Tributes pour in for Adam Ndlovu

Footballer Adam Ndlovu  died after a car accident over the weekend

By Alex Bell
17 December 2012

Tributes have been pouring in for Zimbabwean footballer Adam Ndlovu, who died after a serious car accident over the weekend. His brother Peter, who was also in the car at the time, remains in a serious but stable condition in hospital.

A female passenger, whose name has not yet been confirmed, also died in the crash in the early hours of Sunday morning. They were travelling in a BMW X5 on their way to Victoria Falls, to take part in a friendly soccer match between Highlanders Legends and the Victoria Falls Social Soccer League select team.

Adam Ndlovu, a former striker for the national football team, has also represented the country at international level and will be remembered as a key contributor to the development of the nation’s soccer scene.

“Zimbabwe has lost a great footballer, inspirational agent and the true dedicated son of the soil,” the MDC Youth Assembly said Monday.

The MDC-T also added its message of condolence to the Ndlovu family, saying: “We will remember Adam for giving glory to Zimbabwe as part of the Dream Team playing in the 1994 World Cup final qualifiers.”

His brother Peter, an all star in national and international football, is still undergoing treatment after suffering serious injuries in the crash.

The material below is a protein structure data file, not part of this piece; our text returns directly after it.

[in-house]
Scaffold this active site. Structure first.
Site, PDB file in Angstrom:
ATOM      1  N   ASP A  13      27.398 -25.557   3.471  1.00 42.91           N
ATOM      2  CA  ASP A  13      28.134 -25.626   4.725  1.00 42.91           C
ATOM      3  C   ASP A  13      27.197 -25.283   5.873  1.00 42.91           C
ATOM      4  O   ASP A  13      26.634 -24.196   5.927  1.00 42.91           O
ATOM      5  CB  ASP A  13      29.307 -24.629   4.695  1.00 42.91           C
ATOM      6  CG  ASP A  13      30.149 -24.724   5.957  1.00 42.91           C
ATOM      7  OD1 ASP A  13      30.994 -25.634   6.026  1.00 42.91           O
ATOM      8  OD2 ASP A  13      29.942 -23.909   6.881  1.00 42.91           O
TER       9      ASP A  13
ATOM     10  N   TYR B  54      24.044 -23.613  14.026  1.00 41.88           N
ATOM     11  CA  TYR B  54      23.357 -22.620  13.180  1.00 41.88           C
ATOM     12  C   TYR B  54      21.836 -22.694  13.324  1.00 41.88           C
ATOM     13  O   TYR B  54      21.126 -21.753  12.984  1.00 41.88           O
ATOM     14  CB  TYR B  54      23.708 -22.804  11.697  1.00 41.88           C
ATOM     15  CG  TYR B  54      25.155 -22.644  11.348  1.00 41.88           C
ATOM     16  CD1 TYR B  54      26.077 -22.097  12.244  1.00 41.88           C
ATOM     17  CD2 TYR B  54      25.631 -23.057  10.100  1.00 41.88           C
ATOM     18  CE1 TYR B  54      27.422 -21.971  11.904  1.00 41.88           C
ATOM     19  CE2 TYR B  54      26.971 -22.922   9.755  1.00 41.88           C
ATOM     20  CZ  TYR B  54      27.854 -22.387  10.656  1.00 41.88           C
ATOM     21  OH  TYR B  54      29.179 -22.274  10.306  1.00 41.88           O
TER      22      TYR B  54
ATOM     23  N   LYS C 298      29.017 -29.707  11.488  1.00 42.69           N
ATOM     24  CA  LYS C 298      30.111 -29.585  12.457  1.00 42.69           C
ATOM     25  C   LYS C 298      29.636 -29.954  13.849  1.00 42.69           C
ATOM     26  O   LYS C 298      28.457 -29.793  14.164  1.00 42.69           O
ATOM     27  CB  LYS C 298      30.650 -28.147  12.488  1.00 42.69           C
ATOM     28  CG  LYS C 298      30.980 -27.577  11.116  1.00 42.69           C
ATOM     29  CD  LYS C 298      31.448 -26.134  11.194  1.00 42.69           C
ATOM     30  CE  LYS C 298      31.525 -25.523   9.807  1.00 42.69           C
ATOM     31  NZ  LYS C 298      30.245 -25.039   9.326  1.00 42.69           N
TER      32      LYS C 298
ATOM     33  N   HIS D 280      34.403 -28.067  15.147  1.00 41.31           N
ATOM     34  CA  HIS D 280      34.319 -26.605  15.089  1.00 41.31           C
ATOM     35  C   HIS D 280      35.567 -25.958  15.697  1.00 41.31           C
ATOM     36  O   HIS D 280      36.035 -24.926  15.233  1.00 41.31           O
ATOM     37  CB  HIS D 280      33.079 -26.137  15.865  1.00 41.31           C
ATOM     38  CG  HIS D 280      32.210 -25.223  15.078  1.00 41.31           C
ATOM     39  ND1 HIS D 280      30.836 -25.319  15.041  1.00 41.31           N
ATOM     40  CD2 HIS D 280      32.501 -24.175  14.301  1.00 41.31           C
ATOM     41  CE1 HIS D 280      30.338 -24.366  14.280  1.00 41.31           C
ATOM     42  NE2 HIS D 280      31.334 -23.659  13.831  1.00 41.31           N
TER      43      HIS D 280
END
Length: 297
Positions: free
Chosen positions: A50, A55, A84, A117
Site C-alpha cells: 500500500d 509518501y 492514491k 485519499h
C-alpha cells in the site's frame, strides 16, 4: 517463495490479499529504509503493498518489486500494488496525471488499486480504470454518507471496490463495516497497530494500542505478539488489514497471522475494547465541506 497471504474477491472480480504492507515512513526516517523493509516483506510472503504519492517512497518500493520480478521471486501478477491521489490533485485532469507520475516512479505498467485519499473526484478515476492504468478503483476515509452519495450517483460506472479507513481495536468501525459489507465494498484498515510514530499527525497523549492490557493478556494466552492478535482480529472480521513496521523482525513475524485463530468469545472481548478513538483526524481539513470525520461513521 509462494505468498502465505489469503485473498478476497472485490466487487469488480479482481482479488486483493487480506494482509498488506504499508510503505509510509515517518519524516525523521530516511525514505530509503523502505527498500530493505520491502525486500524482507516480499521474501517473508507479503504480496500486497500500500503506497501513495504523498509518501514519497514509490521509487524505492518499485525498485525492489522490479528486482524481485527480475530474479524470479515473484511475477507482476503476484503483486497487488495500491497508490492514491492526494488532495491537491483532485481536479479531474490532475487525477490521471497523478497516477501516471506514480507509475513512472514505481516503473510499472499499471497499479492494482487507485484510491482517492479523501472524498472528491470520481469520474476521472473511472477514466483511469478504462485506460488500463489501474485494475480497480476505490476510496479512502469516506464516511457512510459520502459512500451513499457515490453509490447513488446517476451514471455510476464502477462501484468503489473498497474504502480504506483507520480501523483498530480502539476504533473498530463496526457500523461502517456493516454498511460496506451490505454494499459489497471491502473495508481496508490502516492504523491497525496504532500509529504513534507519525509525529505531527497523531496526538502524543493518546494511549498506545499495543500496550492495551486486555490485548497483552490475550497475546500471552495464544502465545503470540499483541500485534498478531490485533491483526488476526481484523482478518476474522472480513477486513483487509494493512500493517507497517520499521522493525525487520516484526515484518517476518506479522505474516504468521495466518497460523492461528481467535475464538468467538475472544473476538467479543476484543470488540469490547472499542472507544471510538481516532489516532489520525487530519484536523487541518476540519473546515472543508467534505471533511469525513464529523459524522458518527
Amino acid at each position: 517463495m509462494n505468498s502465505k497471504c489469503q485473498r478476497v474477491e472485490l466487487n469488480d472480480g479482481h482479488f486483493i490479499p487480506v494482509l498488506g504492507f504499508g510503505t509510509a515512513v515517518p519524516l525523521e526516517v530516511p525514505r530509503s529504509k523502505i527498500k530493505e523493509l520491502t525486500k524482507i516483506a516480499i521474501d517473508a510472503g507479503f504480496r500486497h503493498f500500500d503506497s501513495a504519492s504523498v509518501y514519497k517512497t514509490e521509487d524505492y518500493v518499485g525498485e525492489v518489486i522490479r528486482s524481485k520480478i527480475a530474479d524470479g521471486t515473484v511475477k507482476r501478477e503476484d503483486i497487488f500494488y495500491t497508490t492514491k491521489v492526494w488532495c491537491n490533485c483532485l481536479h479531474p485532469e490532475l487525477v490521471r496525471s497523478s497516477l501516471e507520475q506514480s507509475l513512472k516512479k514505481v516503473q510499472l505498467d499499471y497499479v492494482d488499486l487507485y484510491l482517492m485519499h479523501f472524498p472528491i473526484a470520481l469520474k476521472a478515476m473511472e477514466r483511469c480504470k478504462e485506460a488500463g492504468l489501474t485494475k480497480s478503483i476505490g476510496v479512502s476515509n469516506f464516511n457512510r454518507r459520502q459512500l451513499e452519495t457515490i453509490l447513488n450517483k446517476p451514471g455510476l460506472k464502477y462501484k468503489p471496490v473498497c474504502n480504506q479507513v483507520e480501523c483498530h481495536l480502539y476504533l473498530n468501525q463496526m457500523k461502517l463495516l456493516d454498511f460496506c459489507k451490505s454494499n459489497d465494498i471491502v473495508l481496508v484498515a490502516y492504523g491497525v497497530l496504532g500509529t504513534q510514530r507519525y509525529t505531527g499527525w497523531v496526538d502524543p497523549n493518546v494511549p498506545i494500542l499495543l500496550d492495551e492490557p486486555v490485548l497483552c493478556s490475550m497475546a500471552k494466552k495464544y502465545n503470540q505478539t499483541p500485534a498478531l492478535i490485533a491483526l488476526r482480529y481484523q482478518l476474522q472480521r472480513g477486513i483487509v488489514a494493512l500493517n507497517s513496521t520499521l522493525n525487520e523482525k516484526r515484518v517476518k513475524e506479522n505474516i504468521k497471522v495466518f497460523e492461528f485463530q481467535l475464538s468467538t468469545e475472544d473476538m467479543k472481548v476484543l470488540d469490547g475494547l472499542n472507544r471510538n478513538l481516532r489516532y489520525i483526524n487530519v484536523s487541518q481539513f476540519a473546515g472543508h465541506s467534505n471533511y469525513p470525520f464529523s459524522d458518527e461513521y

SW Radio Africa’s Bulawayo correspondent Lionel Saungweme visited the family home on Monday and reported that the family is still in shock. “The soccer fraternity too is in shock and the whole day there have been cars streaming to the home with people sending condolences. It is such a shock, they really thought he’d be around much longer,” Saungweme said.

Saungweme explained that the family is trying to “avoid a double tragedy” by not telling Peter about his brother’s death, “just in case the shock should result in another death.” He added that the family has been left hurt and angry by false rumours spread on social media websites, that Peter had also passed away.

Saungweme meanwhile said that the details of the crash are being investigated, but nothing suspicious is suspected. He spoke to another Ndlovu brother who said that Adam, who was driving, was not a drinker, but he might not have been wearing a seatbelt.

It has been reported that the car the brothers were in crashed after one of the vehicles tyres burst, which has been attributed to the shocking road conditions in Zimbabwe. No other car was involved in the accident.

Peter led the national team to the Nations Cup finals in 2004 and 2006 before returning home after a lengthy and successful career in England and South Africa, to be the assistant coach of the senior national team. It is not yet clear what impact the car crash will have on his football career.

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